Will You Be Mine?

14 Feb

I originally named my blog, Wendy Jane’s Black Crush, because I thought it  would reflect how much I liked black people. But then I attended Hollis Gillespie’s Famous Atlanta Blogging Workshop this past summer. Hollis’s co-instructor, Mike Alvear, said, “that name sounds like a white chick who is into black guys.” I knew my love was much broader than that, and while I will write about the white gal/black guy thing, I did go ahead and change the name of my blog to Wendy Jane’s Soul Shake.

I also changed the launch date of WJSS. I thought I’d start on Monday, you know, beginning of the week.. it seemed like a logical and tidy thing to do. But, then I remembered Tuesday was Valentines Day, and I thought, “Perfect!” This will be my Valentine to black people to let them know how much I like them.

Now I know saying “black people” is going to get me into trouble.  It’s like I’m putting all the black people in the world in a generic, one-size-fits-all basket. Whether you’re black or white, you might be scratching your head and thinking, she likes us just for the color of our skin?  Or, she likes them  just for the color of their skin?  You’re thinking, people are individuals—you might not like some of us, some of us might be jerks, just like we may not like some of you, because some of you might be jerks. I’m sorry, but I don’t have an answer yet on why I’ve always wanted to make connections across color lines.  Nor do I have a solution for, at times, using the generic term, black people.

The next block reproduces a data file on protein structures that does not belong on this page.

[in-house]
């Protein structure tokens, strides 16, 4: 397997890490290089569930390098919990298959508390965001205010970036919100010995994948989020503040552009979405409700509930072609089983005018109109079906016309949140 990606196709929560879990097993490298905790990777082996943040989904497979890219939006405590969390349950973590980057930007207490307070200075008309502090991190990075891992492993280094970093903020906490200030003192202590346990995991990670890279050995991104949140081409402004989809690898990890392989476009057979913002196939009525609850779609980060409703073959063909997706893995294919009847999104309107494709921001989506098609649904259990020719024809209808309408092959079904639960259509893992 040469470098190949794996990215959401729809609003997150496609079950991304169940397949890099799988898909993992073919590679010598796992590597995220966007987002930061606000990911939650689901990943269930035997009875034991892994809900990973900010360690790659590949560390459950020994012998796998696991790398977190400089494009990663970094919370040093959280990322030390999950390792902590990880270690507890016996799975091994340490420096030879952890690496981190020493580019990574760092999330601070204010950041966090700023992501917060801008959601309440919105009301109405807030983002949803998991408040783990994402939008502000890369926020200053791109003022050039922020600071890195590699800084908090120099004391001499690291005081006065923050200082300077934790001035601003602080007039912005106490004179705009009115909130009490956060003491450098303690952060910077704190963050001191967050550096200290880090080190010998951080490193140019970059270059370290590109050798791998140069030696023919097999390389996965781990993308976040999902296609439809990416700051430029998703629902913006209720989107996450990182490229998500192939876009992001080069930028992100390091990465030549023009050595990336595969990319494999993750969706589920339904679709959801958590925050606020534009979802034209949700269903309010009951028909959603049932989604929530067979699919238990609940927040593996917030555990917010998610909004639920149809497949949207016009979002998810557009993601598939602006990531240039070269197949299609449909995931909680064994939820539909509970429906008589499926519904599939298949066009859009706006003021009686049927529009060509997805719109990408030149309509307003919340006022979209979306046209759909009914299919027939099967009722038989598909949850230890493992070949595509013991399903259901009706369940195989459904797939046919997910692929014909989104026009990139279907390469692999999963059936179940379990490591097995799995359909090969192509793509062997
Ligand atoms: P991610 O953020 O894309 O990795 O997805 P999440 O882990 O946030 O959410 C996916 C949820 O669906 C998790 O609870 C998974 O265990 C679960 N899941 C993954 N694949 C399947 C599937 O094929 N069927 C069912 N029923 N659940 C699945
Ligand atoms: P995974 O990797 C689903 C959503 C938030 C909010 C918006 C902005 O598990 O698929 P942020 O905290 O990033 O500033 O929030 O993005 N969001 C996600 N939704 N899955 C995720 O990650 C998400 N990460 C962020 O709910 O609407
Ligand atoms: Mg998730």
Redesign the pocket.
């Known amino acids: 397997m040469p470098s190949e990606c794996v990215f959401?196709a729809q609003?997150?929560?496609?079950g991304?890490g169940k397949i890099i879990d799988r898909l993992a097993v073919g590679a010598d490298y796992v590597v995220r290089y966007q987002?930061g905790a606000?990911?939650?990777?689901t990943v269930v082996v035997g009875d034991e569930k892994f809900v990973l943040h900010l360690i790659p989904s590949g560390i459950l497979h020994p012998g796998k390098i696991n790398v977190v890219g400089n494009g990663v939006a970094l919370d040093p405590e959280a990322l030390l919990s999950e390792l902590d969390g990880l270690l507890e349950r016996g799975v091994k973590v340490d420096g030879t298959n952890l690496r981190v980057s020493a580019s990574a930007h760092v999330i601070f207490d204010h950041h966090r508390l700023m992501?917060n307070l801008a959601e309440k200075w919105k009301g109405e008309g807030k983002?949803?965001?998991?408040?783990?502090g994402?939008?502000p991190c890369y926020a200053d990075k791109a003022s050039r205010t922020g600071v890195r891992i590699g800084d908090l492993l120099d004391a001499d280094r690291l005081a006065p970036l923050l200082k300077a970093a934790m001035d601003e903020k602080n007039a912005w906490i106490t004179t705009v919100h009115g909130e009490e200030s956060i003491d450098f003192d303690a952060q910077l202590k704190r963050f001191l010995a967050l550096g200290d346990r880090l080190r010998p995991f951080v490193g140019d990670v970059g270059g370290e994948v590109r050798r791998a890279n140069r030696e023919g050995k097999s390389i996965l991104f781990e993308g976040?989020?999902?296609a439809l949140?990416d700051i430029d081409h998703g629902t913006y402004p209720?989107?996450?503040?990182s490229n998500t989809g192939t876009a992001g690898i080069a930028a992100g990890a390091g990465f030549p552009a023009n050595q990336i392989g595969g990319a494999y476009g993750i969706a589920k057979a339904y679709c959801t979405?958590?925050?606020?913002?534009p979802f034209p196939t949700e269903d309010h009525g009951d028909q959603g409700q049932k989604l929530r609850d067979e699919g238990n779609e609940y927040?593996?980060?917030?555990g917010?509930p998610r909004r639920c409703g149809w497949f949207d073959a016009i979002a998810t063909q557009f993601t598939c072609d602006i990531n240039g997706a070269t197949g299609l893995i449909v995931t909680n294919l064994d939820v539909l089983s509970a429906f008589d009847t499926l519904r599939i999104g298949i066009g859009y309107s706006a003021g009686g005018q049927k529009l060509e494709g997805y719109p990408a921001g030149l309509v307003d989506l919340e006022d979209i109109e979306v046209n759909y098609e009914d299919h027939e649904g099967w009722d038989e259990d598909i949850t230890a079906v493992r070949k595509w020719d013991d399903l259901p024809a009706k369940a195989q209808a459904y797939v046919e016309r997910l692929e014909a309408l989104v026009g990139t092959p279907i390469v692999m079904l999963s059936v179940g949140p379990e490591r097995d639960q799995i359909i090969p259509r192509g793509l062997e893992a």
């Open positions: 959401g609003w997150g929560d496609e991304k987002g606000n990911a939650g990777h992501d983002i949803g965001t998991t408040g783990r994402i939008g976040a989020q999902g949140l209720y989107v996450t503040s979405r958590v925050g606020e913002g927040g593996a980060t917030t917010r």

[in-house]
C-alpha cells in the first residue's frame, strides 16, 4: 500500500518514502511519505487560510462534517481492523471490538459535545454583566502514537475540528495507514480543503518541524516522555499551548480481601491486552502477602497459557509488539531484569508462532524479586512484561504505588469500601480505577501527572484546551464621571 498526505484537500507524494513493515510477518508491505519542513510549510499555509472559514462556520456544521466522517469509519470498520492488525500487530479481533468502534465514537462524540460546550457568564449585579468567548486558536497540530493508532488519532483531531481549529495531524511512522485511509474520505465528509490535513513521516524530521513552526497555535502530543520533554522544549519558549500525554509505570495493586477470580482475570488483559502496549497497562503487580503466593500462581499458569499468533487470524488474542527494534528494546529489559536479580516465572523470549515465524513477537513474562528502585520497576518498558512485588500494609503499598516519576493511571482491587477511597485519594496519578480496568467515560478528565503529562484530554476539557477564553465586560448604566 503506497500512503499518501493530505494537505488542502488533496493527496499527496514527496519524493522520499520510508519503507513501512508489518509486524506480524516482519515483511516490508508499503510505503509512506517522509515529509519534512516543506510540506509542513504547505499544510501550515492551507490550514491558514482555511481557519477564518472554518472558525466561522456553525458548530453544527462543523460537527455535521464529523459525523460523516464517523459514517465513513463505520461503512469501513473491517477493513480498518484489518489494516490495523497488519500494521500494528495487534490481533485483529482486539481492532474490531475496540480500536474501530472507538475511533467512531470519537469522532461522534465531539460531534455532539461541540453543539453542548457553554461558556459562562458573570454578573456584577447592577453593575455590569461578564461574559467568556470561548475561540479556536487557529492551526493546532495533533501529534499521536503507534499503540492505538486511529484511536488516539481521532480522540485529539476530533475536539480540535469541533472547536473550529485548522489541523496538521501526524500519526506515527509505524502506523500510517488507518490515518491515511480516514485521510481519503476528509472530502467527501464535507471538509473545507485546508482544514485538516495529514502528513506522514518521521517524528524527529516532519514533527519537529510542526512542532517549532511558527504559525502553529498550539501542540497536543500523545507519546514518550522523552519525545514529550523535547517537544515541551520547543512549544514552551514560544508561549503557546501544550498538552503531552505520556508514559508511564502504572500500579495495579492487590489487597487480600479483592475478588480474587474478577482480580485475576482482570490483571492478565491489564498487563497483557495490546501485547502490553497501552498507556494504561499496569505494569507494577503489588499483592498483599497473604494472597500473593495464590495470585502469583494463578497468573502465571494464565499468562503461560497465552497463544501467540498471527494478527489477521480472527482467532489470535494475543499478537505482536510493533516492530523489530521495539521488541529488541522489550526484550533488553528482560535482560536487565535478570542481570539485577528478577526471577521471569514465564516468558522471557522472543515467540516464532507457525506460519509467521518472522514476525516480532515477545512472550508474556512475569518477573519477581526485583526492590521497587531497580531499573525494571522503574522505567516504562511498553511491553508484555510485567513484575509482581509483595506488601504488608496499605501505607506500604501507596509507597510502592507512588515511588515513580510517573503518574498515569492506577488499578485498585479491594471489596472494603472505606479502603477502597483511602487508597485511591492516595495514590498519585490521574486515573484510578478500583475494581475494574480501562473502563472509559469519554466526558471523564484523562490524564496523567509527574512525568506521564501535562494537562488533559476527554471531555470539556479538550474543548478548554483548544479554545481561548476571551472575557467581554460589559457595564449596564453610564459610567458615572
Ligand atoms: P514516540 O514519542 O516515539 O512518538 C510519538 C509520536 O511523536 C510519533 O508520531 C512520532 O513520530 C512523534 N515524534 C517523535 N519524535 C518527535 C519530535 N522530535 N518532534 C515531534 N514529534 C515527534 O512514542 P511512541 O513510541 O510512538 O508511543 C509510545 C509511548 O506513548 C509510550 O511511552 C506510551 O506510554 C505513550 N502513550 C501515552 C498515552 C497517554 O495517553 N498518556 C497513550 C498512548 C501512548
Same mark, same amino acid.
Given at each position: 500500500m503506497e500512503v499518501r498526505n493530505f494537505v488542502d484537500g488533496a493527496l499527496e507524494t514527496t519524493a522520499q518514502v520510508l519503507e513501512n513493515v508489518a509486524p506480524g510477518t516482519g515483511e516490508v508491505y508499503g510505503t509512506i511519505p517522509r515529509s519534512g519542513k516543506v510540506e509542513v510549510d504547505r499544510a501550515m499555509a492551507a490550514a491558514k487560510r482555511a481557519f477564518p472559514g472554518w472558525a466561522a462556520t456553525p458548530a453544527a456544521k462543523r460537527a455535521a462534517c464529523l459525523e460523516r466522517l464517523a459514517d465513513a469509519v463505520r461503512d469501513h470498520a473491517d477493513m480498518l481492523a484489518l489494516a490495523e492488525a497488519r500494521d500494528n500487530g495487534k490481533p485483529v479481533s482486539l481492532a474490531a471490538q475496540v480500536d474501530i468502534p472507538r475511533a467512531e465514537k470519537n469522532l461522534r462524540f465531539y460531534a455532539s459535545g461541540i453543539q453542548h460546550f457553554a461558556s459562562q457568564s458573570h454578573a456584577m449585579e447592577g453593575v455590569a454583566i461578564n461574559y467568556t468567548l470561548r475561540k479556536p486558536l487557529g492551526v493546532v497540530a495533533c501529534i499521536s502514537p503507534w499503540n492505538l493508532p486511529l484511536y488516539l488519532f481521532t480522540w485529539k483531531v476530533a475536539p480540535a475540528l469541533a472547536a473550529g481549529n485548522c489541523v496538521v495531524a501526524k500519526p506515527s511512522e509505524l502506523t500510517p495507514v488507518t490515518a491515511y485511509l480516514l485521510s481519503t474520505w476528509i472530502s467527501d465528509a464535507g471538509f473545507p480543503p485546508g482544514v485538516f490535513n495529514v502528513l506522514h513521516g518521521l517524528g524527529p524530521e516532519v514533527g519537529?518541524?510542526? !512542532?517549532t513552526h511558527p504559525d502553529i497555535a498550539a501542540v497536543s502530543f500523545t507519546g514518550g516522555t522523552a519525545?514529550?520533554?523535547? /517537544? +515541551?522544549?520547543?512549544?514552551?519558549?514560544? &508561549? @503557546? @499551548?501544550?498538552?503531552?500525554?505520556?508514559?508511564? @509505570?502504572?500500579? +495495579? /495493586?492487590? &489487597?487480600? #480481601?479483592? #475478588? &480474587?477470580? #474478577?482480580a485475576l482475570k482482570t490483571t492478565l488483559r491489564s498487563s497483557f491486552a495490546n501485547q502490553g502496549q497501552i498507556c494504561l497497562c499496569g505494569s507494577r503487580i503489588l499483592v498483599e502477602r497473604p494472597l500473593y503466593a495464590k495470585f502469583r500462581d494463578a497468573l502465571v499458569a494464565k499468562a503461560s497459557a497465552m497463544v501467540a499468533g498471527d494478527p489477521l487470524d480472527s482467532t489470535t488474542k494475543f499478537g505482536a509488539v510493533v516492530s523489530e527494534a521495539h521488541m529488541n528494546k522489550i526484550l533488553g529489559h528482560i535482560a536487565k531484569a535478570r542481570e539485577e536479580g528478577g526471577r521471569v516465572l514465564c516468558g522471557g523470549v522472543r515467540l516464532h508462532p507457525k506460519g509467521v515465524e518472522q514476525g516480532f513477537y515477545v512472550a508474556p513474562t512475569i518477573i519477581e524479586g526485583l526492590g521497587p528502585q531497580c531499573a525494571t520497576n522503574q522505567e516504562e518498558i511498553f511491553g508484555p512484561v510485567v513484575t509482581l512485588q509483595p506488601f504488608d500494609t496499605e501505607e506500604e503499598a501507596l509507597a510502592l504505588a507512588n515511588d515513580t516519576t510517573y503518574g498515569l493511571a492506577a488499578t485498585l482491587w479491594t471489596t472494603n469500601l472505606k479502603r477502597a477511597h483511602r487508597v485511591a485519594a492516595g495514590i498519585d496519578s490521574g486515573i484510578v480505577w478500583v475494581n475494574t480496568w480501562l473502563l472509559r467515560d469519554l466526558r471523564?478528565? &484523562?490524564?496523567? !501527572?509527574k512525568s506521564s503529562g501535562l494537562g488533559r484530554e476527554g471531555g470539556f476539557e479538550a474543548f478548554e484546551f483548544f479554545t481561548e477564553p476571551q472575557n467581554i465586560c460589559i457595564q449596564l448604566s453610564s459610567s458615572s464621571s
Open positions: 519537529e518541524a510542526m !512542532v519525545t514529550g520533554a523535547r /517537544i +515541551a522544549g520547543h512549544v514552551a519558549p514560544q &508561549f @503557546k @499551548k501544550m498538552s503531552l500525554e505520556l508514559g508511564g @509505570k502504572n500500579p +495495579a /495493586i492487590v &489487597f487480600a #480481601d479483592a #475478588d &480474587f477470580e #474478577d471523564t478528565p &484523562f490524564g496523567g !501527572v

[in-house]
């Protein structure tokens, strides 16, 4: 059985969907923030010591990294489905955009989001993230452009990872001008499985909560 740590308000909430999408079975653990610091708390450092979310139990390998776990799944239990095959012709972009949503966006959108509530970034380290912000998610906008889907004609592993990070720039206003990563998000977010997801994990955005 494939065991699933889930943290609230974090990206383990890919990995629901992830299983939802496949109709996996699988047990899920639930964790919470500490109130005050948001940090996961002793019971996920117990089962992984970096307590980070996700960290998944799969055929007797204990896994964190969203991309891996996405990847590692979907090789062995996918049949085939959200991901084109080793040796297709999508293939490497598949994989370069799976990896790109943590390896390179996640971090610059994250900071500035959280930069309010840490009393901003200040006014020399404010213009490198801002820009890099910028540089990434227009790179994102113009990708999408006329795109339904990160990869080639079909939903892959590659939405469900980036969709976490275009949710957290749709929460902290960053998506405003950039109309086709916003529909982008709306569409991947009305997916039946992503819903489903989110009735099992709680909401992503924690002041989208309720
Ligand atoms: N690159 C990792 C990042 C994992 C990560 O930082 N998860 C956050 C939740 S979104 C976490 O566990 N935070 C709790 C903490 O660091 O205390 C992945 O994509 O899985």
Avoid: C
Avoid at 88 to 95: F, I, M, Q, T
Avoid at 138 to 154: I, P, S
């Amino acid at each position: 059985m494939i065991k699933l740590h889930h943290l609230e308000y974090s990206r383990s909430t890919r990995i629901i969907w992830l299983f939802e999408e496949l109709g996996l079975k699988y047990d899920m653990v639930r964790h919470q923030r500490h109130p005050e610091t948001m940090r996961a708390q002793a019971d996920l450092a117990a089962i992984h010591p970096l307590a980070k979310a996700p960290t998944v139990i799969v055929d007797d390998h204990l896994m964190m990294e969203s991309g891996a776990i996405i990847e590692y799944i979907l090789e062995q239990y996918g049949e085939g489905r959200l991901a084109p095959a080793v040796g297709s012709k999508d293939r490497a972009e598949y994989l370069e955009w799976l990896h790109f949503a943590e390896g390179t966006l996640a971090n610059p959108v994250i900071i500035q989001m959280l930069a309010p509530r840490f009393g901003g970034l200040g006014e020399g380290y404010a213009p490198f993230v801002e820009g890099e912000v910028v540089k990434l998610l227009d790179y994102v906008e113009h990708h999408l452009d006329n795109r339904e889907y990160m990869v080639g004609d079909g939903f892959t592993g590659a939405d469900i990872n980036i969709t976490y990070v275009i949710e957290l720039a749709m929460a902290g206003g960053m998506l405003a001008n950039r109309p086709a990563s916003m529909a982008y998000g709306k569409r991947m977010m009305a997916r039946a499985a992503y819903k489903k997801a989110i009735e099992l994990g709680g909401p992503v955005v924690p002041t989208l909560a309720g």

For today, all I want to say is, “Welcome to Wendy Jane’s Soul Shake.

Will You Be Mine?”

 

7 Responses to “Will You Be Mine?”

  1. Ken Harge February 14, 2012 at 10:38 pm #

    Wow…and I’ll see that wow…and raise you a triple WOW!!! I’m not quite sure why but this is interesting. I’d like to see how it develops. The site looks great, and I want to congratulate you on your launch. I hope you have thick skin!! Peace, KLH

    • Wendy Jane Grossman February 14, 2012 at 10:56 pm #

      Thanks, Ken! I truly appreciate your feedback and good wishes. I hope I have thick skin—I don’t really, and I’ll probably cry some days, but I’m just trying to be brave, honest, and put it out there because the goal is really to connect and see what people think, and not be afraid to create conversations on race.

      • Kelly February 16, 2012 at 9:24 pm #

        I got your back!!

        • Wendy Jane February 16, 2012 at 9:48 pm #

          Thanks, Kelly.:)

  2. Sherry Gordon April 8, 2014 at 8:31 am #

    Dear Wendy,